This week's focus on media reform has left many dilemmas and unsolved problems on the Canberra policy agenda. One of these that is set to grow in the years ahead is how to fit social media into a viable approach to media regulation. The recent reviews commissioned by the Federal Government, and the evidence given by media heavyweights this week, suggest that no-one has a real clue on how to deal with this problem.
The problem in brief. Much of our regulatory framework (legislation, licensing, regulatory bodies etc) suits geographically-limited markets dominated by a small number of players. We know that technology is rendering that world obsolete, but we also know that the big media players still dominate. So if we are to argue for a retention of the old model we must ignore the very real impact of social media today. On the other hand, if we argue for a ditching, or substantial watering down of the old model, we run the risk of a further concentration of the media outlets that still provide most people, most of their daily diet of news and information. Social media is growing rapidly but it is still small by comparison.
The following excerpts from senior media executives earlier this week shows flashes of the frustration that this policy dilemma gives rise to.
David Gyngell (Nine network)
There are no boundaries on the internet and no licenced areas, no restrictions on what can distribute their content and where it can be accessed. There is an avalanche of content pouring into homes across Australia, every minute through new technology. Just consider it: everything from social media to Apple TV, iTunes, Telstra and Tbox, 4G mobile networks, the merger of Foxtel, plus newspaper and radio of course. None of them and not one of them face any restrictions on the percentage of population they can reach across the nation; they are all national businesses.
It is so obviously wrong in this modern age and is plainly unfair to disadvantage free-to-air broadcasters by preventing them from becoming a national business like everybody else. It is just about impossible to argue a halfway sensible case for this nonsensical regulation. It is time to act to set this right not only to provide a level playing field for free-to-air television but also so we can grow their businesses and invest in regional Australia.
In fact, it is introducing a new hurdle because the way the legislation has been drafted, the test for diversity of voices is a test amongst a small group of existing media players. So it does not matter what is happening outside that group of free-to-air television and radio and subscription television. There could be more and more diversity happening outside that group with the Internet and social media but the test is always around this small group. So it is completely removed from what is really happening in the real world.
There has been an explosion in sources of news information and opinion in Australia and globally. Low barriers to entry, thanks to digital delivery, mean that everyone from microbloggers to major media organisations like the Guardian can establish themselves and develop audiences. Search engines, content aggregators and social media disseminate videos, articles, opinions and ideas at an amazing pace.
This exchange involving Kerry Stokes (Seven network)
Senator BIRMINGHAM: Ignoring the government's internal inconsistencies in their arguments there, Mr Stokes, in terms of the capacity of people nowadays to be able to do what you did in Bunbury and start providing media comment, is it a sector with higher or fewer barriers to entry nowadays, and how is that manifesting itself, in your opinion?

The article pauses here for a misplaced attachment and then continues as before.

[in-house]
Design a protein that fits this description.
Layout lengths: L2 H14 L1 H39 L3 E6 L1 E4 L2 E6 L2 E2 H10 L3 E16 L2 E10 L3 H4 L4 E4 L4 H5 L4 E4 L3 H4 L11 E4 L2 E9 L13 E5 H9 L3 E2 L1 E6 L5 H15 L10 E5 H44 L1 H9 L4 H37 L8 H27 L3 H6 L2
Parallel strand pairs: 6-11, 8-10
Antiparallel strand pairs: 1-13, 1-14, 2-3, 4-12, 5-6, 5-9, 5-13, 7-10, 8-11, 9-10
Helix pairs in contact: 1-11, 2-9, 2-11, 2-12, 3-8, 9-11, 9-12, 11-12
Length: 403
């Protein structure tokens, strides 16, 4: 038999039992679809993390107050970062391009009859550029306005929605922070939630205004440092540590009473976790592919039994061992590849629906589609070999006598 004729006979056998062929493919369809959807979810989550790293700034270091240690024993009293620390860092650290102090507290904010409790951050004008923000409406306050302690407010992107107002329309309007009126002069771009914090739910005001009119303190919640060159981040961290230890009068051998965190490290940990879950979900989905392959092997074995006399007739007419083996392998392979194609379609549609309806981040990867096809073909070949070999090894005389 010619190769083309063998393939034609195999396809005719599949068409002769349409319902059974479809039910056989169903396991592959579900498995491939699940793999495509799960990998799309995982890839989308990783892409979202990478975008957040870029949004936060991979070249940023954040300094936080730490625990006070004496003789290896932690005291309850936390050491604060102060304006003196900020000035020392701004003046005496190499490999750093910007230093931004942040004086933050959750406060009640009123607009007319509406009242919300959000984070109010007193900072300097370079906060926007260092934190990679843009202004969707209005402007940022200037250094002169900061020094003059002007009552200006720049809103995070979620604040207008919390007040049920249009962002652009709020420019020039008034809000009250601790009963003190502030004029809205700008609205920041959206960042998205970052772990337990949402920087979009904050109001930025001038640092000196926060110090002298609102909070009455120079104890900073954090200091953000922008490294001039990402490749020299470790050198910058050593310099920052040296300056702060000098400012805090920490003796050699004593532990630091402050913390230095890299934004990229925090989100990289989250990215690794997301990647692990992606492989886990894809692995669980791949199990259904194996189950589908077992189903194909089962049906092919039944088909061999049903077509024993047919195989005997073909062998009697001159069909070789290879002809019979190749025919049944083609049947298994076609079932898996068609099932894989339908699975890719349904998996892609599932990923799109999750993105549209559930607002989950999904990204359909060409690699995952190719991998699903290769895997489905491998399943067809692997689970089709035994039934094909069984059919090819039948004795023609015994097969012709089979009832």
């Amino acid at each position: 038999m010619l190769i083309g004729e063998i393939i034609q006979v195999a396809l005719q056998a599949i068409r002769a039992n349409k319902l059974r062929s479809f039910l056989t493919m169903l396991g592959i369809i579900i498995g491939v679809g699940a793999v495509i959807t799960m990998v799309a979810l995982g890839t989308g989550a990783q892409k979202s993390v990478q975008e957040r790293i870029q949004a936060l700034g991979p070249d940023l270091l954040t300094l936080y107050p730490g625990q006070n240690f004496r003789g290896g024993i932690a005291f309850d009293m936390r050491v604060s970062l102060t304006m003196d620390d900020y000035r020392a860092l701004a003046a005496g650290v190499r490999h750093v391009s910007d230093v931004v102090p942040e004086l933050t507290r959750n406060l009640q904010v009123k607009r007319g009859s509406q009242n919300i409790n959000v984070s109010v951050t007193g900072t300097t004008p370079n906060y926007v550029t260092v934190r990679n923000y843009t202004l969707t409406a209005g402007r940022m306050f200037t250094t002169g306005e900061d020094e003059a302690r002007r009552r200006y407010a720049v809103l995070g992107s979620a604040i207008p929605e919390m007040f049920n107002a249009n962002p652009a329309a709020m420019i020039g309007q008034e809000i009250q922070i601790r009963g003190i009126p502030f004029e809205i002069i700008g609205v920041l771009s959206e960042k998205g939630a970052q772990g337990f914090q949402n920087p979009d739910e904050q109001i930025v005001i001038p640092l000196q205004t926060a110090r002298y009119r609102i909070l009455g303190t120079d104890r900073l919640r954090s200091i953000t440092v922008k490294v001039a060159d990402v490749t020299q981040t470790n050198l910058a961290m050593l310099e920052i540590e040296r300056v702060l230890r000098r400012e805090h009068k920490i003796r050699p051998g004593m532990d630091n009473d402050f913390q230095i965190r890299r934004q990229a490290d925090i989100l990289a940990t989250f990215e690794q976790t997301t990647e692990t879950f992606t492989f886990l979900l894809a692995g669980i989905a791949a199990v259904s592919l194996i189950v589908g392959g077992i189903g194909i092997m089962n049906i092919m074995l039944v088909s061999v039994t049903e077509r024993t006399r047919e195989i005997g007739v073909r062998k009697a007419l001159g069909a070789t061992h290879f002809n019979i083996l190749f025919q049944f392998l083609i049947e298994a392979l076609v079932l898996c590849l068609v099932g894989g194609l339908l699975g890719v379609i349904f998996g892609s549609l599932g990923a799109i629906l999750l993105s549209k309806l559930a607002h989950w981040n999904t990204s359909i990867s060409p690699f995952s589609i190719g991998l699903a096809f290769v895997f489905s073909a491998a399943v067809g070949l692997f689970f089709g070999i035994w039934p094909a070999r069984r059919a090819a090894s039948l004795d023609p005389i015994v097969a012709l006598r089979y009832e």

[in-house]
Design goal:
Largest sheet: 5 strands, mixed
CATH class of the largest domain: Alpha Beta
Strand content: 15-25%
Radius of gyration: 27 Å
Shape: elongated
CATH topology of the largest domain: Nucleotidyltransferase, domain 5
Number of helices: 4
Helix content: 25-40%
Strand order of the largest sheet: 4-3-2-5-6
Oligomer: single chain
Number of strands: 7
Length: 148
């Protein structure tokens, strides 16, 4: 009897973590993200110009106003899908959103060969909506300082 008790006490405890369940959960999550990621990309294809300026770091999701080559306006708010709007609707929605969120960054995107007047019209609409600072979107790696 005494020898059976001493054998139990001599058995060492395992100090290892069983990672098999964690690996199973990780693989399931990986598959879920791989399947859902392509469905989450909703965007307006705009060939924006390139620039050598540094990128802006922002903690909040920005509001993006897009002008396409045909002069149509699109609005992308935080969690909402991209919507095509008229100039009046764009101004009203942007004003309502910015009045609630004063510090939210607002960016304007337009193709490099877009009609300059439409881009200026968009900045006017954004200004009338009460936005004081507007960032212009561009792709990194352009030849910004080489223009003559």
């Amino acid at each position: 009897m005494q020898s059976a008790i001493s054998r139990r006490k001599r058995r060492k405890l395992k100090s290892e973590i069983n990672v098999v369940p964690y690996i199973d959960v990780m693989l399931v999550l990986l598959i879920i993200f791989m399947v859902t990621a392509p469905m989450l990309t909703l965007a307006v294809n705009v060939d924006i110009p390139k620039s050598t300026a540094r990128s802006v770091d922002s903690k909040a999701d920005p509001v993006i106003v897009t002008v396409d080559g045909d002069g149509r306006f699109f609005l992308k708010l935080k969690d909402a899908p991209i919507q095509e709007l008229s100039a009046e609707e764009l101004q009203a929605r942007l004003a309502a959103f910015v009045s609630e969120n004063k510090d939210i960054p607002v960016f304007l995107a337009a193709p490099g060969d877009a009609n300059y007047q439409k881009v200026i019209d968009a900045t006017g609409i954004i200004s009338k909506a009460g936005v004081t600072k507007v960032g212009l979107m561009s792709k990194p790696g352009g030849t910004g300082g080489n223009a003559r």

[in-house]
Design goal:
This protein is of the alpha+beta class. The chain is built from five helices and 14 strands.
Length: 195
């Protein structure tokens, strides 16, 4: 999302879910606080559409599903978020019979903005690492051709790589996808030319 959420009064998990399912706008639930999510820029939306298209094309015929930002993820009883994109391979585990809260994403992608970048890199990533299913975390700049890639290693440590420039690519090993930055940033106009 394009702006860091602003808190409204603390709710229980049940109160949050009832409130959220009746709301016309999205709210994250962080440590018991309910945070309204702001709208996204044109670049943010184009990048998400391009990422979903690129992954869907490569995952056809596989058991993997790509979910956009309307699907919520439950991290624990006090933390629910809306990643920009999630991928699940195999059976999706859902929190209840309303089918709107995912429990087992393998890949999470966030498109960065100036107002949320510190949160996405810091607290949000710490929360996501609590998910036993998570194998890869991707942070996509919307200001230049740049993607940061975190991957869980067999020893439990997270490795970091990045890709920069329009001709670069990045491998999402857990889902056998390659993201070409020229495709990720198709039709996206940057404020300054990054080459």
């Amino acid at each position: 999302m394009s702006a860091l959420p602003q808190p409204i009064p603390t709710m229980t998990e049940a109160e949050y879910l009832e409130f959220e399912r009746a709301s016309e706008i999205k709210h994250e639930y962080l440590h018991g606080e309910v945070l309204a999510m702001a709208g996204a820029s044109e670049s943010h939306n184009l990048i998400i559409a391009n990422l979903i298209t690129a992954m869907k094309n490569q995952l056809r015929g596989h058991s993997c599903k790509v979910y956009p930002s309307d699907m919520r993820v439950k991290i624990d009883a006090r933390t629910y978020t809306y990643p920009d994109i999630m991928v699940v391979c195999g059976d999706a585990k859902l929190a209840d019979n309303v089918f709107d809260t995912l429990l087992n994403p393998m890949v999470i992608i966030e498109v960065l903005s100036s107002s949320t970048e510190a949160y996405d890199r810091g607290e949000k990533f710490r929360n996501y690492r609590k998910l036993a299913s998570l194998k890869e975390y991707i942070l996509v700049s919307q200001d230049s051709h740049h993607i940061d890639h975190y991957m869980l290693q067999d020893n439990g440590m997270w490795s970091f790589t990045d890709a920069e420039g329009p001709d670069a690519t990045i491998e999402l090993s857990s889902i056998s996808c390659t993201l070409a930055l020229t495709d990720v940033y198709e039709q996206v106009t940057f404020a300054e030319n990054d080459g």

Mr K Stokes : Obviously social media has changed the entire gambit of this. Recently there have been well-publicised incidents. Last year I think one well known radio broadcaster was almost torn down by social media, with 150,000 responses. That had nothing to do with mainstream media. The public out there today has access to a voice. It is using it, and I can promise you, if we don't get things right, they are very vocal in their complaints to us. Social media is a different application.
Senator BIRMINGHAM: Just as the capacity for growth in online news or new news services through different mediums has expanded, what do you believe has occurred to the capacity for the general public to actually engage as media critics and to highlight failings or problems or lack of balance or fairness they may see in the media?
Mr Williams : The power of social media, in particular, is something which is of striking force in our community now and where people have clearly self-initiated redress in any number of ways in terms of lodging their complaints.
Senator BIRMINGHAM: Some in the broadcasting sphere would suggest that at present the slow and often tedious approach of ACMA to regulation is far less a threat to the operation of their businesses than a social media revolt, as we have seen in some instances. Can you see a similar trend emerging for your business in terms of Press Council rulings versus a consumer uprising that has an effect on your advertisers and your revenue stream and your business operations?
Mr Williams : That is generally true. I think reputational risk and all that attaches to it, or social media commentary in a wide variety of forms, is something which all corporations are acutely sensitive to now, and has very real and immediate impact on a company.
Conclusion. This time around social media was still a small part of what was discussed, but I've got a feeling they'll all be back in town in a few years time with a much bigger weight being put on this policy conflict between the (diminishing) regulated media sector and the (rising) unregulated world of the Internet and social media.